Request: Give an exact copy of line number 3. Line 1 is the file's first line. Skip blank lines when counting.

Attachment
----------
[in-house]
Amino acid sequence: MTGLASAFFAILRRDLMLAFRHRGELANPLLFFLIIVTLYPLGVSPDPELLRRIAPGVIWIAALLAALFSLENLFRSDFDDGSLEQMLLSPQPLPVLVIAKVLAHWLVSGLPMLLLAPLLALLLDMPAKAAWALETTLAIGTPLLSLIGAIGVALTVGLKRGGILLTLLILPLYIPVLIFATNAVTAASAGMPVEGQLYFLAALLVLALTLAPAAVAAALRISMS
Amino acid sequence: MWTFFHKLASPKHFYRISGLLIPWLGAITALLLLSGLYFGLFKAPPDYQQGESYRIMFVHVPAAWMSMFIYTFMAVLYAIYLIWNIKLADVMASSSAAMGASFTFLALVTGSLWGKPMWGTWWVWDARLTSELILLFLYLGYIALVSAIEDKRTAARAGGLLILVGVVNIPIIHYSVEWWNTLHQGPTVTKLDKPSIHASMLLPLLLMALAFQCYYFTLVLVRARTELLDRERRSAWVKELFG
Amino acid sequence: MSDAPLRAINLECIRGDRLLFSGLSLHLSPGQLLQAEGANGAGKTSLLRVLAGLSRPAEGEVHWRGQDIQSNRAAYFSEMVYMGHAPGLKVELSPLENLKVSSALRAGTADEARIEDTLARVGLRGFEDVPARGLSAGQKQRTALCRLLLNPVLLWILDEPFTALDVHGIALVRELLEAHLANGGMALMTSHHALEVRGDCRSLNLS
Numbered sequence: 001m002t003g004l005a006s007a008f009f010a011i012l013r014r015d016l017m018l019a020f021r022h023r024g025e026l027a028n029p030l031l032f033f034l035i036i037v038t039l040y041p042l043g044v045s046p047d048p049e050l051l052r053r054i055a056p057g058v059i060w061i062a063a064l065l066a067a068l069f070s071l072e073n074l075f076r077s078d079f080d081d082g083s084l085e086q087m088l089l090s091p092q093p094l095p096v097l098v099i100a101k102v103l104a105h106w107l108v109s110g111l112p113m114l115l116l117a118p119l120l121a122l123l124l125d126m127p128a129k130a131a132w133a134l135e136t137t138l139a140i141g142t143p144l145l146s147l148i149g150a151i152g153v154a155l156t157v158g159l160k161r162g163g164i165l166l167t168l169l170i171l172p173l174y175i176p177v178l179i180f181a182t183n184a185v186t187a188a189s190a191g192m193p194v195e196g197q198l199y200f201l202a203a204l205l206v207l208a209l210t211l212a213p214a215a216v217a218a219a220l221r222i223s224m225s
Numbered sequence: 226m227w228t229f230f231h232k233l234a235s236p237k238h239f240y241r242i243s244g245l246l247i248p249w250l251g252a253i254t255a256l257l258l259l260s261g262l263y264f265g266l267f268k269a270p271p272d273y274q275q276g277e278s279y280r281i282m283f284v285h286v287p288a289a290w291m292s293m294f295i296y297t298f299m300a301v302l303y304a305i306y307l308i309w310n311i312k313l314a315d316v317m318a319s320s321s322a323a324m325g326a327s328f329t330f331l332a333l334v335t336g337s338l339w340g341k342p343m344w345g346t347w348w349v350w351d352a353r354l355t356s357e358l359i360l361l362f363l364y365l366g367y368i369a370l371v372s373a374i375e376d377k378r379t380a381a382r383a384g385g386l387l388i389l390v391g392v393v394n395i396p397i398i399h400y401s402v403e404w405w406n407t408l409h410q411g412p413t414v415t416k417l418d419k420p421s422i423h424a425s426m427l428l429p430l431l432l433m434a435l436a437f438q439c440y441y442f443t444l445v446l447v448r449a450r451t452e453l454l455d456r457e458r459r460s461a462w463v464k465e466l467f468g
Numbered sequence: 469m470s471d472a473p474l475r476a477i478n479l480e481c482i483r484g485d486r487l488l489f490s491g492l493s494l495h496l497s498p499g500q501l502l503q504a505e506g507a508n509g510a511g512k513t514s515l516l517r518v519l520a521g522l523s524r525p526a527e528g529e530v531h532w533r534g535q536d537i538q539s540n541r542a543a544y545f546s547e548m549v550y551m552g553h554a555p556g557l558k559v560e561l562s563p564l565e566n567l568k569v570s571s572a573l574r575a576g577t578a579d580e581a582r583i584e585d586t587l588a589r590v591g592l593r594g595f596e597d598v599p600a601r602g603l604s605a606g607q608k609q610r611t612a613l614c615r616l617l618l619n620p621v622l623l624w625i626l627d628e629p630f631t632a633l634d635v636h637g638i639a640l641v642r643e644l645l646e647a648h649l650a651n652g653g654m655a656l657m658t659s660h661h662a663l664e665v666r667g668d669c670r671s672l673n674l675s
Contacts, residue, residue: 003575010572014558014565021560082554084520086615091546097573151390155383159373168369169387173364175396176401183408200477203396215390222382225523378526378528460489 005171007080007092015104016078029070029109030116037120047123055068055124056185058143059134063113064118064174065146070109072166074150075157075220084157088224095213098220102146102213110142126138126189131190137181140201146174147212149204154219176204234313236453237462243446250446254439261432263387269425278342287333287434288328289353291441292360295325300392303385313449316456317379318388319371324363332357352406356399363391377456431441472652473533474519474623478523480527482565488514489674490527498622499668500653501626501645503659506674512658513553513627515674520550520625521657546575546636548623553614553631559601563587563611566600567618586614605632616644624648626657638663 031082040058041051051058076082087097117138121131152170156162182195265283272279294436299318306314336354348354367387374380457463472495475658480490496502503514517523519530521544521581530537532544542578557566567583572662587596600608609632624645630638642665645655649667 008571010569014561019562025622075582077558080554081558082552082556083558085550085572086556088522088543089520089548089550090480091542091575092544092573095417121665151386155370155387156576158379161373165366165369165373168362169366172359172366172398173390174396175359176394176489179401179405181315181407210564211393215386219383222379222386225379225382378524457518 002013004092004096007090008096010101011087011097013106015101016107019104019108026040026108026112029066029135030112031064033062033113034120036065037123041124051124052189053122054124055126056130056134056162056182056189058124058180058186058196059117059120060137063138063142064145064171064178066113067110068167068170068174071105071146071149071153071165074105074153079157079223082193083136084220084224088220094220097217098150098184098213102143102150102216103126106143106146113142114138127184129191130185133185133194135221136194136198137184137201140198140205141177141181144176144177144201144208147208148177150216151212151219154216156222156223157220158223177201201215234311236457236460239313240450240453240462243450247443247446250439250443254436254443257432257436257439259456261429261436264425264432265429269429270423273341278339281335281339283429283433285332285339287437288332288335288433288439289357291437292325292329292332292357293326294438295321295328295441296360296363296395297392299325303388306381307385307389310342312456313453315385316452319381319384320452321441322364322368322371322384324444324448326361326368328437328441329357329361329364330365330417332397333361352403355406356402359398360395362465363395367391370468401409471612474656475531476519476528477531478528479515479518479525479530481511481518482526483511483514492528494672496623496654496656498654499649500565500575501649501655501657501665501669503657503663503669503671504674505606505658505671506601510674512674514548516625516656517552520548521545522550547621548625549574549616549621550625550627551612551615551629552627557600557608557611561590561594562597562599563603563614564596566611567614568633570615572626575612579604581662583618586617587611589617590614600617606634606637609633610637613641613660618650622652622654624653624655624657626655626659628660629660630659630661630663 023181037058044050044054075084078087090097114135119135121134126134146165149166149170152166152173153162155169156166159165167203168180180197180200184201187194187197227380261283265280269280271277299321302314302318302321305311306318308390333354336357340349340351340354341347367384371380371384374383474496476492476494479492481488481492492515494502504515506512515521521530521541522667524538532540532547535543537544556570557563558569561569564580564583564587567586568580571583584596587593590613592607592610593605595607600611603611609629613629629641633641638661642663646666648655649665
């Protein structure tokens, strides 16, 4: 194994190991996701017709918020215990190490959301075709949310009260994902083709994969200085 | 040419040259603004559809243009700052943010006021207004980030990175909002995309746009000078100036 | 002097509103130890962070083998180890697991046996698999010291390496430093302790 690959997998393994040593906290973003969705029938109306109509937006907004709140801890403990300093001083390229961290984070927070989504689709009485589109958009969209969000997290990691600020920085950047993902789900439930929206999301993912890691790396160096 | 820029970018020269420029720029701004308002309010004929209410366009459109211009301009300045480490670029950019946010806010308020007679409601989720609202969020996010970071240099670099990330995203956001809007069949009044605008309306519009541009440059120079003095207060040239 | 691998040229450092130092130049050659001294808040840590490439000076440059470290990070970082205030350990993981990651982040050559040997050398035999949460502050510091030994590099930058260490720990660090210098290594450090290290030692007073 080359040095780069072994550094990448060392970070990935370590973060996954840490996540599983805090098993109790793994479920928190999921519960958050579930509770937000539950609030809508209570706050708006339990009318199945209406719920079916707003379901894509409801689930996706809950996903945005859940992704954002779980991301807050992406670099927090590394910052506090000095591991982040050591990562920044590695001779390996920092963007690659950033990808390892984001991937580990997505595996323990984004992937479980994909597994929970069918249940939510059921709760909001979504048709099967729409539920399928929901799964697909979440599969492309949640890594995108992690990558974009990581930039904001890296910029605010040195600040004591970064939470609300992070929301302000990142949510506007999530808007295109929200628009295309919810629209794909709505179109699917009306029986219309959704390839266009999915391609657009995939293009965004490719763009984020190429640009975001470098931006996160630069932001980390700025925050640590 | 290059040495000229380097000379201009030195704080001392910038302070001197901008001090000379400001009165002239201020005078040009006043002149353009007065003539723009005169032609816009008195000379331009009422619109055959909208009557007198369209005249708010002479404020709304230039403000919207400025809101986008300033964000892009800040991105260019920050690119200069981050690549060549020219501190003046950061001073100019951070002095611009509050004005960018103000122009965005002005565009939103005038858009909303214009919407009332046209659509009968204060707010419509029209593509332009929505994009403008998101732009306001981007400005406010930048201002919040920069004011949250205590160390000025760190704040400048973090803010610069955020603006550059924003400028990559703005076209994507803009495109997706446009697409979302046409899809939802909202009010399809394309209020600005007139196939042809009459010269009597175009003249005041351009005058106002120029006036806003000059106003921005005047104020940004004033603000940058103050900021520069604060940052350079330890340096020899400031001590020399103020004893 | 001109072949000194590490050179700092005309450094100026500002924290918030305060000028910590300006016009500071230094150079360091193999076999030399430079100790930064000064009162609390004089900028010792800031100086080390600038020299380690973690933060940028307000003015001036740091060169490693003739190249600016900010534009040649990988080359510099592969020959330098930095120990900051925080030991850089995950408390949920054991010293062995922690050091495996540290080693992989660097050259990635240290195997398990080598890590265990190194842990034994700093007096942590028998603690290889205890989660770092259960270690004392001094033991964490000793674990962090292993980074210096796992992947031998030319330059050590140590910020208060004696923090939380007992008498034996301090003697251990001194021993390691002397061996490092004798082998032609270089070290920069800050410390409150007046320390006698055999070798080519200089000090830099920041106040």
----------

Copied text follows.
Amino acid sequence: MWTFFHKLASPKHFYRISGLLIPWLGAITALLLLSGLYFGLFKAPPDYQQGESYRIMFVHVPAAWMSMFIYTFMAVLYAIYLIWNIKLADVMASSSAAMGASFTFLALVTGSLWGKPMWGTWWVWDARLTSELILLFLYLGYIALVSAIEDKRTAARAGGLLILVGVVNIPIIHYSVEWWNTLHQGPTVTKLDKPSIHASMLLPLLLMALAFQCYYFTLVLVRARTELLDRERRSAWVKELFG